By Doug Porter
The listicles are popping up all over the media world, hoping to capture the essence of what 100 days of Donald Trump in the White House means for the United States.
The New York Times headline reads “Trump Wants It Known: Grading 100 Days Is ‘Ridiculous’ (but His Were the Best).” The Hill is dutifully reporting on the new White House web page touting the first 100 days, making the claim “this President has enacted more legislation and signed more executive orders than any other president in over a half century,”
The executive order part is actually true, which is more than a little ironic coming from a man who spent much of last year whining about his predecessor’s actions in this arena. I’m old enough to remember when executive orders were equated with the mark of the devil in some quarters. And you can give Trump a ‘partially true’ on legislation only if you count bills undoing Obama executive orders.
More Than He Could Chew
Paul Brandus at Marketwatch compares Trump’s first lap to Jimmy Carter’s:
…Carter bit off more than he could chew. His presidency began in a rush, with multiple priorities that spread himself too thin. Everything was critical and had to be done yesterday. He and his so-called “Georgia Mafia” picked fights with members of their own party, insulting them when they didn’t get their way.
He hopped from item to item, changing direction frequently and lacking overall focus. His presidency never recovered.
Substitute “Trump” for “Carter” and the story’s about the same.
But the similarities end there. Carter still got laws passed and had a 63% approval rating, some 21 percentage points above Trump. And, of course, Carter was scrupulously honest. He said he’d never lie to the American people—and didn’t. Trump, on the other hand, can’t make it through a day without lying—and then he lies about lying. President Trump possesses the worst characteristics of Carter—but none of the best.
Jason Linkins at HuffPo (they’ve officially dropped the longer name) has a more negative view:
When you factor in his understaffed administration, the fact that many of the policies he has enacted don’t square with his campaign rhetoric, and the way CEOs have adapted to new realities by cutting Trump in on their public relations strategies, it would seem the story of Trump’s first 100 days is that he’s not so much an influential president as he is a president who can be influenced. Really, the ones who ought to take a victory lap are the people who’ve managed to hem Trump in thus far.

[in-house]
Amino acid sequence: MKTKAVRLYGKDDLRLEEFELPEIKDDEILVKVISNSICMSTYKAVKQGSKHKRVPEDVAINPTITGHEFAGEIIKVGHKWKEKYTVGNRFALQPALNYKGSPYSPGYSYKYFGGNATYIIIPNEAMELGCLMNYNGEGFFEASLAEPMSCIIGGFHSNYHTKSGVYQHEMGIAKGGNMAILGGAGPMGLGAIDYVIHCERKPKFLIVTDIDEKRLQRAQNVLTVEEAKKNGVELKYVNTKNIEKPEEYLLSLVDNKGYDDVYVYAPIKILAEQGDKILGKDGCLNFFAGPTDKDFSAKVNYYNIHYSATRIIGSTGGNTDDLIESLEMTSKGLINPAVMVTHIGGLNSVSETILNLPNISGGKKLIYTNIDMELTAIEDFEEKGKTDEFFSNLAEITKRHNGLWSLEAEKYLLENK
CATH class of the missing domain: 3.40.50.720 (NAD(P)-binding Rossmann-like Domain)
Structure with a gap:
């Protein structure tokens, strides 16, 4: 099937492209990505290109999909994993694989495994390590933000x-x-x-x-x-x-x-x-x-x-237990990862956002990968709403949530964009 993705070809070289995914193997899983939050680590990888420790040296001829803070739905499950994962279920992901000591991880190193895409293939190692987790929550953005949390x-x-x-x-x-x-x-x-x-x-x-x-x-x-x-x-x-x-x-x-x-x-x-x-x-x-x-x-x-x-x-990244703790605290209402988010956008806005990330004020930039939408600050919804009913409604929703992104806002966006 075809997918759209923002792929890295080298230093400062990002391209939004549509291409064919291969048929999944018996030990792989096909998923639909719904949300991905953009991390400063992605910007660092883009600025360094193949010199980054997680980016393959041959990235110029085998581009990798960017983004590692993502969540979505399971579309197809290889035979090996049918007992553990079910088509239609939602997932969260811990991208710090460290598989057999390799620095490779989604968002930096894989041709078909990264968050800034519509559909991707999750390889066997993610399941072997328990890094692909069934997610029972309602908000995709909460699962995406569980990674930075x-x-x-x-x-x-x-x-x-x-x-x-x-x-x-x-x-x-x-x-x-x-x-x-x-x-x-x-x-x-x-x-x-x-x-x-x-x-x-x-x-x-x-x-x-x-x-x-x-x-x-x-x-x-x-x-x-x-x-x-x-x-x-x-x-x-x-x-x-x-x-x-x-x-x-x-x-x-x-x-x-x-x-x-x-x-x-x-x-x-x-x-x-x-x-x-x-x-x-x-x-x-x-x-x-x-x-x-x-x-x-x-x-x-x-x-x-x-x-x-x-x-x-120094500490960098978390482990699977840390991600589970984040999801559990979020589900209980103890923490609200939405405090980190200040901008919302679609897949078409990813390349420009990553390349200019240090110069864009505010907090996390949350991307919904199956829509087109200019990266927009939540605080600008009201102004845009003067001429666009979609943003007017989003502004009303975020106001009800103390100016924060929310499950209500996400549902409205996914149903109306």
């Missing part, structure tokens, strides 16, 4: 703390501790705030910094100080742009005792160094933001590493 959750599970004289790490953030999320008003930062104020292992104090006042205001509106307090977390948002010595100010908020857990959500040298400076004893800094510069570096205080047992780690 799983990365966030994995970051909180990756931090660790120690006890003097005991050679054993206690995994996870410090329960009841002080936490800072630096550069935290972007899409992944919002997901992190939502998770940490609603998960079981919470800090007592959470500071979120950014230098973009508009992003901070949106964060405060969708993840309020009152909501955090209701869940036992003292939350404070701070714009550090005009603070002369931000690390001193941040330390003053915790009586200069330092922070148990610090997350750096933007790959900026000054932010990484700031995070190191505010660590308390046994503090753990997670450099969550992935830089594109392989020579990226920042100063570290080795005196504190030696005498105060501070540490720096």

Trump did get Gorsuch on the Supreme Court, though! And he only had to sacrifice the judicial filibuster to do it. He’d better hope the GOP keeps the Senate, or we might be re-evaluating even that accomplishment somewhere down the line.
The Scene of the Crime
The real accomplishment of the Trump White House –which at this point should be ringed by crime scene tape– has been making it past 100 days with no indictments.
The latest NBC News/Wall Street Journal poll indicates nearly three-quarters of Americans want an independent, non-partisan commission instead of Congress to investigate Russia’s involvement in the 2016 election.
The stench of scandal becomes more pronounced daily. Trump’s toadies at the National Enquirer are now pushing a theory holding that the President was blissfully unaware of the treasonist actions of his entourage.
Although I have doubts about reports from the legion of Trump conspiracy experts saying indictments are due shortly, two avenues are being considered by Federal and State prosecutors.
Five Eyes Tell No Lies
At the Federal level, it’s all about Russian intelligence operations. As was true in the case of past prosecutions in this area, the indictable crimes will likely come from the cover-up of the original acts. Too many of the claims in the vaunted ‘dossier’ composed by an ex-British spook would rely on proof gleaned via signals intelligence, much of which comes via close allies, including several NATO countries.
Here’s today’s tidbit, via the Associated Press:
The senior members of the House Oversight Committee say classified military documents show that the Trump administration’s former national security advisor, Michael Flynn, did not ask permission or inform the U.S. government about payments he received for appearances before Russian organizations in 2015 and for lobbying that helped Turkey’s government.
Flynn’s failure to obtain permission from military authorities for the payments raises concern whether Flynn violated a constitutional ban on foreign payments to retired military officers. That’s according to Republican Rep. Jason Chaffetz and Democratic Rep. Elijah Cummings.
The two leaders of the oversight committee said there was no evidence Flynn complied with federal law. They said Flynn could be criminally prosecuted, and they said Flynn should surrender the money he was paid.
Do Not Pass Go
The more interesting–and potentially winnable–basis for prosecuting members of the current administration (and presumably Trump himself) lies in the work being done by New York State Attorney General Eric Schneiderman.
In March he hired public-corruption expert Howard McMaster from the office of former Manhattan U.S. Attorney Preet Bharara. My understanding is the investigation is focused on financial dealings with a variety of international entities, most of whom have connections to… wait for it… Russia.
Last month, at a meeting of the National Association of Attorneys General, Schneiderman revealed that his office was discussing strategies and doing research to determine what kind of action could be taken to address concerns about Trump’s potential conflicts of interest, and possible violations of the emoluments clause of the Constitution, which prohibits anyone holding a federal “office” from accepting payments from foreign entities.
“Certainly, my office is looking at anything that’s passed on to us and doing our own research,” Schneiderman said. “We’ve had meetings with people discussing these matters already.” But, he added that it was “premature to say one way or another how this is going to proceed.”
Here’s my favorite part of the State investigation angle: Presidents can not pardon convictions made under State law.
The Silver Lining
There is good news coming out of Trump’s first 100 days, and Eric Liu gets it mostly right in a Washington Post op-ed, is the emergence of a politically engaged population: